The Canadian River trickles through the Texas Panhandle. It used to actually flow, but it’s been reduced — through a number of factor — to something quite different from what it used to be.
The Texas Tribune article attached here tells a grim story that is becoming all too familiar to Panhandle residents.
The Canadian River once filled Lake Meredith to more than 100 feet in depth. The “lake,” if we can still call it that, is now less than 30 feet deep, and it’s shrinking. The Ogallala Aquifer that provides some of the water for the Canadian also is receding, providing less groundwater support to the river.
The Arkansas River shiner, the minnow some folks want to list as endangered, is in poor shape as it swims through what is left of the river.
Atop all of that, those pesky — and extraordinarily thirsty — salt cedars are soaking up water from the river. Someone had the idea some years ago to import the salt cedars because of their strong root systems, which help inhibit soil erosion. No one seemed to take into account the amount of water the plants consume.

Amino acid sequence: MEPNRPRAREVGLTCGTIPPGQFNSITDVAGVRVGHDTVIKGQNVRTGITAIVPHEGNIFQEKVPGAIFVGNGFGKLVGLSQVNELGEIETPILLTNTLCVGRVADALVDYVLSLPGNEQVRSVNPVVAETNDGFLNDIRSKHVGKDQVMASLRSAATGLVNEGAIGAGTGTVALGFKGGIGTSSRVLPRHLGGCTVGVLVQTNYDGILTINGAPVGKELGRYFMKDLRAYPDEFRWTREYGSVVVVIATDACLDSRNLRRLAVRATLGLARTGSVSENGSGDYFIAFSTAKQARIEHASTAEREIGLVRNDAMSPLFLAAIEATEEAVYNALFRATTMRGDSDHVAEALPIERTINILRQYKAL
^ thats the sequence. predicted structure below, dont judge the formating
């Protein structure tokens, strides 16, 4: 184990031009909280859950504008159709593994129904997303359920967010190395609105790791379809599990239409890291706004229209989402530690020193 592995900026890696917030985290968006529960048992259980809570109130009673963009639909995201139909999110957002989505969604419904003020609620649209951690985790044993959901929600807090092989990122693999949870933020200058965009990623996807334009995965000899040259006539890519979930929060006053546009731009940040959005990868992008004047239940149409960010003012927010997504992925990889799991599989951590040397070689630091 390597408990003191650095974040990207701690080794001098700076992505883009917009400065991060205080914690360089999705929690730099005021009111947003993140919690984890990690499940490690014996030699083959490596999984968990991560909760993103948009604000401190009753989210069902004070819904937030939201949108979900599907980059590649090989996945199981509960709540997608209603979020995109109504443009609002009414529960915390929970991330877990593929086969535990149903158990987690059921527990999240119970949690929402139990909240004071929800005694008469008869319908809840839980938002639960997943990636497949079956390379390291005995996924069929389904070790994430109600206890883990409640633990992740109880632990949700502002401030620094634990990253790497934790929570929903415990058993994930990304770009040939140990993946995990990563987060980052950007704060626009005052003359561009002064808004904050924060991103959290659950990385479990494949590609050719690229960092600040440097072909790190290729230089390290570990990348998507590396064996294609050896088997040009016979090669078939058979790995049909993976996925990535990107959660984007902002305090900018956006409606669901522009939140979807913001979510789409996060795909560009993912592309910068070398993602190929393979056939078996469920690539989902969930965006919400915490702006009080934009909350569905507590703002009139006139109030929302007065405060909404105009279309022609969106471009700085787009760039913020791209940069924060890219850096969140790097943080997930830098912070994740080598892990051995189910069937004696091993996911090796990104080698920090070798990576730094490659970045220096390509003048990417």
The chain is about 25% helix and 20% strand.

The Tribune article notes something quite interesting when referring to the three-state compact that governs the sharing of water from the Canadian River. New Mexico gets first crack at the water; then comes Texas; Oklahoma gets what’s left. However, with so little water flowing along the riverbed, there’s little to fight about, the Tribune reports.
What’s to be done about all this? That remains the critical question facing water planners in three states, not to mention those who run cities and towns that depend on an abundance of water.
And as Tribune reports, if the water planners can eradicate the salt cedars, then those little fish are going to thrive once again.
We’re all connected to the water.